As blockchain becomes more widely mainstream, there is increased concern over what constitutes a ‘real’ blockchain.
Private. Permissionless. Decentralised. Words we identify with blockchain. Many blockchains are centralised and private – but does this make them any less ‘real’?
Is there a true blockchain?
Blockchains – instances of blockchain technology – come in a multitude of different forms, but the typical blockchain looks like this: decentralised, permanent, public and permissionless.
This is the so-called future of the blockchain world, and the cause of much of blockchain’s hype.
Blockchain will fundamentally always be permanent; however, some may have aspects of centralisation, and many are private and permissioned. Does this mean we can no longer call them ‘blockchains’?
Some suggest the hybrid approach to blockchain. This involves a partially decentralised and partially centralised system. It is fundamentally backed by blockchain, so that it benefits from the secure proponents of blockchain, but also allows companies more control over their data.
The blockchain of the future
While the idea of blockchain can still fundamentally remain, the technology must evolve to become popularised.
This means implementation in a variety of different ways, through different formats and across a multitude of areas. Instead of a linear picture, we have a diversified and multi-faceted concept of blockchain implementation.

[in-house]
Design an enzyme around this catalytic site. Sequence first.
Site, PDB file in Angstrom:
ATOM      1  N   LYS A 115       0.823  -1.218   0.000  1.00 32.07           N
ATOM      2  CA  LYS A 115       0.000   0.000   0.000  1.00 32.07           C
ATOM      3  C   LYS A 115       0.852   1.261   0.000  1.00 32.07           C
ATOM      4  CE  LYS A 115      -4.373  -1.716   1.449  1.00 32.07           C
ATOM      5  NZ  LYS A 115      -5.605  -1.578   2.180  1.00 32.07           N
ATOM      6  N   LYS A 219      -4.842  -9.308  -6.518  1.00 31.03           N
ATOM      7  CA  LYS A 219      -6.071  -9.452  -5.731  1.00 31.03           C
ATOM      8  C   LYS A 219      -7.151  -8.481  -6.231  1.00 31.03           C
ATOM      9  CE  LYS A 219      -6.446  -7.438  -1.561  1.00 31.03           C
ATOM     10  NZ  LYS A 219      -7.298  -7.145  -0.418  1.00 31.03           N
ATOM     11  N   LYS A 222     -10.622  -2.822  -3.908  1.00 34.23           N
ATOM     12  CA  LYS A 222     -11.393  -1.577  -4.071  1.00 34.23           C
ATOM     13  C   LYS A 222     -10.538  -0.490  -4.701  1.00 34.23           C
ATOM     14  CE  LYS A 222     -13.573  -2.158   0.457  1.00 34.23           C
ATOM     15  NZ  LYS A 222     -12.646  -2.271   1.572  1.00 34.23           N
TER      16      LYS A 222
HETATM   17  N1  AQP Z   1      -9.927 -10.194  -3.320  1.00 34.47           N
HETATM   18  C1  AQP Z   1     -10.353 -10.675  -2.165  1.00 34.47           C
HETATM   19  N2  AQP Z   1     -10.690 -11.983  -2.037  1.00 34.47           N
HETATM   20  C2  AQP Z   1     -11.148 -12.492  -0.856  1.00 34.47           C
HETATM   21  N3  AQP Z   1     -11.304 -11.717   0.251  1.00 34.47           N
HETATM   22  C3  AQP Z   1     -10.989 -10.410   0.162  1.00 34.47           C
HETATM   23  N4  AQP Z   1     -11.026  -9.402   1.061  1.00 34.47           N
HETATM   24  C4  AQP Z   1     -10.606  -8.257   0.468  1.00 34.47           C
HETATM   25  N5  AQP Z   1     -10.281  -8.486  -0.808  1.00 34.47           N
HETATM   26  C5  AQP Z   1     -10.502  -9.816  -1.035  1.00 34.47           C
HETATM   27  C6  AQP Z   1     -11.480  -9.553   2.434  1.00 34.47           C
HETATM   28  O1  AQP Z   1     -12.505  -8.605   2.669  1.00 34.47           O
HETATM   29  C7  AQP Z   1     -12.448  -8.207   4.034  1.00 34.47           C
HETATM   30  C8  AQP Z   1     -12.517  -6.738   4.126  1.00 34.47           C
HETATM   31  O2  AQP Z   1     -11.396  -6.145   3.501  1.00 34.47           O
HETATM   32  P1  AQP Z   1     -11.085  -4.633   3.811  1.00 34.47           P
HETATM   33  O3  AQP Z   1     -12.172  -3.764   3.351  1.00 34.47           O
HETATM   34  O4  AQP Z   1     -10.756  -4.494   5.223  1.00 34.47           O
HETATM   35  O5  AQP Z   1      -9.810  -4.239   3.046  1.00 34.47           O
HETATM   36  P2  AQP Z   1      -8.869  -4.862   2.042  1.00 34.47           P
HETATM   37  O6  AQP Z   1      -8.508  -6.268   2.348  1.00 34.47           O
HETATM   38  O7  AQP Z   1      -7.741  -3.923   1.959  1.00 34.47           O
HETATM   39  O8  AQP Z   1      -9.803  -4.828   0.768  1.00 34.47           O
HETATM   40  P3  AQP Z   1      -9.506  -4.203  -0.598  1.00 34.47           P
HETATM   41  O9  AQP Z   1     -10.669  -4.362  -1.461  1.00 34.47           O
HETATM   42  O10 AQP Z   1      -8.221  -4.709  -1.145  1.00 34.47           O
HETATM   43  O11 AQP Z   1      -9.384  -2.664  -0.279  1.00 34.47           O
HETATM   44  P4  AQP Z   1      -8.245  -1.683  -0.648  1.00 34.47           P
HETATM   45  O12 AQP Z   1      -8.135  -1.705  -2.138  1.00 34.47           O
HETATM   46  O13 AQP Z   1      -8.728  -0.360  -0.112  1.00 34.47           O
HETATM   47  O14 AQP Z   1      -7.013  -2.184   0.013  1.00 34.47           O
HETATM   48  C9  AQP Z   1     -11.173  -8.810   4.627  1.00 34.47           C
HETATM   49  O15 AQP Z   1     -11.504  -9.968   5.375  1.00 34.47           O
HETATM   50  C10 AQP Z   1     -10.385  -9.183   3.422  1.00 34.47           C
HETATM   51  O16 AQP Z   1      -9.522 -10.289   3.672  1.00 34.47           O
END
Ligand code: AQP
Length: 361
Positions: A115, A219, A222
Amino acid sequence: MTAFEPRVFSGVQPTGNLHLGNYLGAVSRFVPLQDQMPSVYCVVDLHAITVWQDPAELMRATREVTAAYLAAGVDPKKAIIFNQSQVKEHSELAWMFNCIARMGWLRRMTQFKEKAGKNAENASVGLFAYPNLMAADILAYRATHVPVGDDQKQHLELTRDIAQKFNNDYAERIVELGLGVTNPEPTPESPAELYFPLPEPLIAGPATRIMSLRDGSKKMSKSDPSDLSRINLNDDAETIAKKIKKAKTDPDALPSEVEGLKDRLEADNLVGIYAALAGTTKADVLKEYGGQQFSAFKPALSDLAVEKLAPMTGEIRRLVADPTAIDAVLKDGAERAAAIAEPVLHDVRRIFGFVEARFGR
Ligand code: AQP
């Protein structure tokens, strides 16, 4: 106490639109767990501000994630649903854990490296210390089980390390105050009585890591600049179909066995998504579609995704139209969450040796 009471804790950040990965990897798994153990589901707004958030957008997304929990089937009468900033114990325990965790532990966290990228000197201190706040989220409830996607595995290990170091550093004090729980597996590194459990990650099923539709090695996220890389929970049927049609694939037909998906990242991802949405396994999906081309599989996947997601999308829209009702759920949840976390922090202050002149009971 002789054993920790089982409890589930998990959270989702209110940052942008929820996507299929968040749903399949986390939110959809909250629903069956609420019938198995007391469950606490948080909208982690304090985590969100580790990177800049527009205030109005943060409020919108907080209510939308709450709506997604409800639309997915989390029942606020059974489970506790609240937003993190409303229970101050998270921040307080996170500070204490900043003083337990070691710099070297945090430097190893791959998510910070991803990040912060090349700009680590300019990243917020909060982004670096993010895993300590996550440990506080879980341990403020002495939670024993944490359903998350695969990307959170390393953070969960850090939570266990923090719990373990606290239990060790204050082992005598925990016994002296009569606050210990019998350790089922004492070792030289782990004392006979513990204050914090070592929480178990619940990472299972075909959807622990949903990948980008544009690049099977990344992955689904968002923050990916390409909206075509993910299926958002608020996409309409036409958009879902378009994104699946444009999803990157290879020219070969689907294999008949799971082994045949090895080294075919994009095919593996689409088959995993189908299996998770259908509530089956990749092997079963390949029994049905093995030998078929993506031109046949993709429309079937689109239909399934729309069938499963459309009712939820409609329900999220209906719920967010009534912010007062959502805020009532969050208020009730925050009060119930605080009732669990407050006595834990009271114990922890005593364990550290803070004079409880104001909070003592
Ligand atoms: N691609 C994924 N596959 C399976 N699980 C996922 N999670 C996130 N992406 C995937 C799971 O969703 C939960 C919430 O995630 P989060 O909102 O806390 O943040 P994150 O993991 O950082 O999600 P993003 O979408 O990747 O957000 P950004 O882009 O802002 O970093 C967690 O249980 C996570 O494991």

This means something does not have to be perfectly decentralised, permanent and immutable to be implicated with blockchain technology. Instead, blockchain can provide benefit companies in its partial, major or entire form.
Different solutions for different problems
Different business cases require a variety of different solutions.
Some of these are entirely on a public blockchain; others aren’t.
Public and permissionless blockchains are particularly relevant in technological changes for developing countries. The larger point of blockchain is promote trust, especially in places and industries where it is lacking. This is especially in demand in developing countries, where many people do not trust banks or the government. This is where public blockchains flourish.
Private blockchains can provide more security for private corporations and ensure that their data will remain within the business, traceable and immutable.
Is there a ‘true’ blockchain, then? To many, public, permissionless blockchains are the image of the ‘true’ blockchain. However, for blockchain to become popularised, it will need to adapt to industry’s needs. It will always, however, remain secure, permanent and scalable.
At Blockhead Technologies, we track supply chains, fuel and streamline metal accounting with our blockchain-enabled platform STAMP. STAMP is versatile and gives you the option of blockchain, if your company requires it. To find out more, click here.